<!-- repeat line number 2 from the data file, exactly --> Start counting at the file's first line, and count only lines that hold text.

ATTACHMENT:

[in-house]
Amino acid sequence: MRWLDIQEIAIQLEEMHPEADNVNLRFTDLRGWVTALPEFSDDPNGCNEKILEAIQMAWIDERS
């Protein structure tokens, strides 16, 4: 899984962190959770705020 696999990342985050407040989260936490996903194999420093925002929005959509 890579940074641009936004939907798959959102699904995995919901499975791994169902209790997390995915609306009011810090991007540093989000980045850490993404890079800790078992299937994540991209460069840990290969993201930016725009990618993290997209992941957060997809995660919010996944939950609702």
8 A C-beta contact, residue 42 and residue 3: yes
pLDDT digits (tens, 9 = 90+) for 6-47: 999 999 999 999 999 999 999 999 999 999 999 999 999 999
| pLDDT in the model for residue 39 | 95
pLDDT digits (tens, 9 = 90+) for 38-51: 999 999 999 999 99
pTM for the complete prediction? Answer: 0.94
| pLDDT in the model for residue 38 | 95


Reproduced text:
Amino acid sequence: MRWLDIQEIAIQLEEMHPEADNVNLRFTDLRGWVTALPEFSDDPNGCNEKILEAIQMAWIDERS